Genome instability is associated with mitotic errors and cancer. This phenomenon can lead to deleterious rearrangements, but also genetic novelty, and many questions regarding its genesis, fate and evolutionary role remain unanswered. Here, we describe extreme chromosomal restructuring during genome elimination, a process resulting from hybridization of Arabidopsis plants expressing different centromere histones H3. Shattered chromosomes are formed from the genome of the haploid inducer, consistent with genomic catastrophes affecting a single, laggard chromosome compartmentalized within a micronucleus. Analysis of breakpoint junctions implicates breaks followed by repair through non-homologous end joining (NHEJ) or stalled fork repair. Furthermore, mutation of required NHEJ factor DNA Ligase 4 results in enhanced haploid recovery. Lastly, heritability and stability of a rearranged chromosome suggest a potential for enduring genomic novelty. These findings provide a tractable, natural system towards investigating the causes and mechanisms of complex genomic rearrangements similar to those associated with several human disorders.
- Bernard de Massy, Institute of Human Genetics, CNRS UPR 1142, France
© 2015, Tan et al.
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Heart development and rhythm control are highly Tbx5 dosage-sensitive. TBX5 haploinsufficiency causes congenital conduction disorders, whereas increased expression levels of TBX5 in human heart samples has been associated with atrial fibrillation (AF). We deleted the conserved mouse orthologues of two independent AF-associated genomic regions in the Tbx5 locus, one intronic (RE(int)) and one downstream (RE(down)) of Tbx5. In both lines we observed a modest (30%) increase of Tbx5 in the postnatal atria. To gain insight into the effects of slight dosage increase in vivo, we investigated the atrial transcriptional, epigenetic and electrophysiological properties of both lines. Increased atrial Tbx5 expression was associated with induction of genes involved in development, ion transport and conduction, with increased susceptibility to atrial arrhythmias, and increased action potential duration of atrial cardiomyocytes. We identified an AF-associated variant in the human RE(int) that increases its transcriptional activity. Expression of the AF-associated transcription factor Prrx1 was induced in Tbx5RE(int)KO cardiomyocytes. We found that some of the transcriptional and functional changes in the atria caused by increased Tbx5 expression were normalized when reducing cardiac Prrx1 expression in Tbx5RE(int)KO mice, indicating an interaction between these two AF genes. We conclude that modest increases in expression of dose-dependent transcription factors, caused by common regulatory variants, significantly impact on the cardiac gene regulatory network and disease susceptibility.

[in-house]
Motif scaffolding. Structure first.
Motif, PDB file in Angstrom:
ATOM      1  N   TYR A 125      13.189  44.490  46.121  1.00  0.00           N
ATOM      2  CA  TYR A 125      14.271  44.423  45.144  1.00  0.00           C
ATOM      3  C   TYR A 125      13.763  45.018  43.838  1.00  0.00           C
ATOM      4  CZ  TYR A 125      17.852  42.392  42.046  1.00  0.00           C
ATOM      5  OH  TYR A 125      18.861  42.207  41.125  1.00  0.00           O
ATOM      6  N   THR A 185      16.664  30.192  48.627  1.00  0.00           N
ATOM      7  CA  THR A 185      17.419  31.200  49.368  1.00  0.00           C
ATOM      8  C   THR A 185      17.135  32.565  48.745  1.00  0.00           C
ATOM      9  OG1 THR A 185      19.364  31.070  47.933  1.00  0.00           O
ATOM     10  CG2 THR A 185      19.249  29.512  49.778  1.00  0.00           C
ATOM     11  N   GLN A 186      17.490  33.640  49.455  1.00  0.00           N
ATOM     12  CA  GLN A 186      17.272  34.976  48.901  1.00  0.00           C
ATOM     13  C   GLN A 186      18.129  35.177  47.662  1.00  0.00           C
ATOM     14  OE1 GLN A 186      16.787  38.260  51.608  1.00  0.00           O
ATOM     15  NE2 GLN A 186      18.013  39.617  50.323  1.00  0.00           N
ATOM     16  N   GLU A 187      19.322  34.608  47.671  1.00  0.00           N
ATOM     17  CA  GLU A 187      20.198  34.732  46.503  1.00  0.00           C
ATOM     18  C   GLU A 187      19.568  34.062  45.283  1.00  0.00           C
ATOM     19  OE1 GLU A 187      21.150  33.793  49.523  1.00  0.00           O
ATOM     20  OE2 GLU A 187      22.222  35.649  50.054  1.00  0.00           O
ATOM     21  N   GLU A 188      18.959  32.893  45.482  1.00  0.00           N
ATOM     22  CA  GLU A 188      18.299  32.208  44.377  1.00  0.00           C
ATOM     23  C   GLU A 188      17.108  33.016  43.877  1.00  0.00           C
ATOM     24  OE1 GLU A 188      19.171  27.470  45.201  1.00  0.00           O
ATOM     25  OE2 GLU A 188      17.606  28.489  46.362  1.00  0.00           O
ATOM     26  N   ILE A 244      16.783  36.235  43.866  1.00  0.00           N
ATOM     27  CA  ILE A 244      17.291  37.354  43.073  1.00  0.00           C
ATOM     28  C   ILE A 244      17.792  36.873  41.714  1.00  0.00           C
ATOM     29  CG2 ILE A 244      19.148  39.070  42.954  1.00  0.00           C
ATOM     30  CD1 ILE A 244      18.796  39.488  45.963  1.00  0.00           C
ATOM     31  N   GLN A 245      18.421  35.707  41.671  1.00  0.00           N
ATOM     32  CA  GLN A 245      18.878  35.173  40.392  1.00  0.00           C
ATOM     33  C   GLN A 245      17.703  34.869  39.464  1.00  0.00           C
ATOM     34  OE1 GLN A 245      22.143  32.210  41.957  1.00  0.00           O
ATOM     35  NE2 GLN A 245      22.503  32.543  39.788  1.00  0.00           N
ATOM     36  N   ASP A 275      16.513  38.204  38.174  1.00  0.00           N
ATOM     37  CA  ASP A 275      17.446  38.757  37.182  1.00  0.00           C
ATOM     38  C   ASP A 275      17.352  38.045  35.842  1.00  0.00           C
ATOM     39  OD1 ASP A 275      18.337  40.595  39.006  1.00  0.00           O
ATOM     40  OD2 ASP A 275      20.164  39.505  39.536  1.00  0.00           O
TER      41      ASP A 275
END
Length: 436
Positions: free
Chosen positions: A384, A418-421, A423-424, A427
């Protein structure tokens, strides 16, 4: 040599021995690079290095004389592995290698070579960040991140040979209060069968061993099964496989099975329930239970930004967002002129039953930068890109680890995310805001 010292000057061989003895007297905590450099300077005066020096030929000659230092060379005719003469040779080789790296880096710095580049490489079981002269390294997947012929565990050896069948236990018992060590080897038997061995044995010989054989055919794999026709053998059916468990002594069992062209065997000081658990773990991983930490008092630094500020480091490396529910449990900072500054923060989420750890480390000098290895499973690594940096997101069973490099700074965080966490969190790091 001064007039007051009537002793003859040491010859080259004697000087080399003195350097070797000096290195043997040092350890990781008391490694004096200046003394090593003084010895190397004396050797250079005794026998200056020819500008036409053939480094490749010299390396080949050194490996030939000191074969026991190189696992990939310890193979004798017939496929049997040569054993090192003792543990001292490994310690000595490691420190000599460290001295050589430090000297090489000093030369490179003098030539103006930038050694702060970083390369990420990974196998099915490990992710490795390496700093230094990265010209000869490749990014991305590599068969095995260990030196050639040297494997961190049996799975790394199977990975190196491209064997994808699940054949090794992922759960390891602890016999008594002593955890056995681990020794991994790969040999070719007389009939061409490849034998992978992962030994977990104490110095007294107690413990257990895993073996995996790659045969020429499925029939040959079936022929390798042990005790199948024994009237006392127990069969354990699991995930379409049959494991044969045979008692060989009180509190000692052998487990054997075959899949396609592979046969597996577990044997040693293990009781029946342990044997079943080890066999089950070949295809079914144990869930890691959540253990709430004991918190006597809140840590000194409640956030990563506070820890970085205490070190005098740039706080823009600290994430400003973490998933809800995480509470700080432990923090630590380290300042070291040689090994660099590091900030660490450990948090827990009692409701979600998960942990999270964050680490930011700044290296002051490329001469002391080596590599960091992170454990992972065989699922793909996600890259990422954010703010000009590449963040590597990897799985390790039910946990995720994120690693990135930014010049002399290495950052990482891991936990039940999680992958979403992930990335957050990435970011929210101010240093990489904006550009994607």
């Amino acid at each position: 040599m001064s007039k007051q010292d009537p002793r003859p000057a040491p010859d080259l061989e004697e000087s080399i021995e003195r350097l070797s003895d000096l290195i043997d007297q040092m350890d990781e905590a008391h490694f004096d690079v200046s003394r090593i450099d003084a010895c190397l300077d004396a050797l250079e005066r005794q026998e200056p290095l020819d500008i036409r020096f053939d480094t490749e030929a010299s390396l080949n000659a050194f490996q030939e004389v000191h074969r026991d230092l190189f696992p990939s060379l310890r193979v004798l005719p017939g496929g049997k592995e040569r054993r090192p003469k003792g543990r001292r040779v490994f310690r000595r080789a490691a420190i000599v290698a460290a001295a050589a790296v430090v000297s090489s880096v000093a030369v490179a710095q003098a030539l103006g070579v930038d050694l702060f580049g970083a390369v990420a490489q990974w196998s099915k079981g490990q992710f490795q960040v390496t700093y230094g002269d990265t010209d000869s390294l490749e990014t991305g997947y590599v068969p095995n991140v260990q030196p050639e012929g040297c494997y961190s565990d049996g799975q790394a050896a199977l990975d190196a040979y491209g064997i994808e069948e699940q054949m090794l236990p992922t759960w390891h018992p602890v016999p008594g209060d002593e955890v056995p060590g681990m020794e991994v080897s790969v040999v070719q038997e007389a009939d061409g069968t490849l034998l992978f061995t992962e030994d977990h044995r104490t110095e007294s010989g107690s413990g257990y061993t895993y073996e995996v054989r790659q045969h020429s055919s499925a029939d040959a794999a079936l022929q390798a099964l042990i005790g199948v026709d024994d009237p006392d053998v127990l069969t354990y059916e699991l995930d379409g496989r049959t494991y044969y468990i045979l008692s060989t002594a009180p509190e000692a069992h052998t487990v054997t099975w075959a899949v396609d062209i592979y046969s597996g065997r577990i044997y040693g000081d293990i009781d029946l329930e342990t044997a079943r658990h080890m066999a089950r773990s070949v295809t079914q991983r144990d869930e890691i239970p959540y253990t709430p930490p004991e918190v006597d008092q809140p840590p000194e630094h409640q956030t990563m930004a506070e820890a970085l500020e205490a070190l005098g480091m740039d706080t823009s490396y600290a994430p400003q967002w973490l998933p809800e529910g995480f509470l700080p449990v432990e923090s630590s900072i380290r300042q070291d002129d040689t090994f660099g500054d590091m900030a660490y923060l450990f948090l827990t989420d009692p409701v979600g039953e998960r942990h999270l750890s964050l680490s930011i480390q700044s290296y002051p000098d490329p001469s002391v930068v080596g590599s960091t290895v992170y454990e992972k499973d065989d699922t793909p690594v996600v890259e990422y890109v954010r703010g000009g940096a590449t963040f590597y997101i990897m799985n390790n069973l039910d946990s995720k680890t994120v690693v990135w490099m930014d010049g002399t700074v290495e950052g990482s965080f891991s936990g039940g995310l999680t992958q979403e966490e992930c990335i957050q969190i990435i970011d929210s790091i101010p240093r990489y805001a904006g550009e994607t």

Meiotic chromosome segregation relies on synapsis and crossover recombination between homologous chromosomes. These processes require multiple steps that are coordinated by the meiotic cell cycle and monitored by surveillance mechanisms. In diverse species, failures in chromosome synapsis can trigger a cell cycle delay and/or lead to apoptosis. How this key step in 'homolog engagement' is sensed and transduced by meiotic cells is unknown. Here we report that in C. elegans, recruitment of the Polo-like kinase PLK-2 to the synaptonemal complex triggers phosphorylation and inactivation of CHK-2, an early meiotic kinase required for pairing, synapsis, and double-strand break induction. Inactivation of CHK-2 terminates double-strand break formation and enables crossover designation and cell cycle progression. These findings illuminate how meiotic cells ensure crossover formation and accurate chromosome segregation.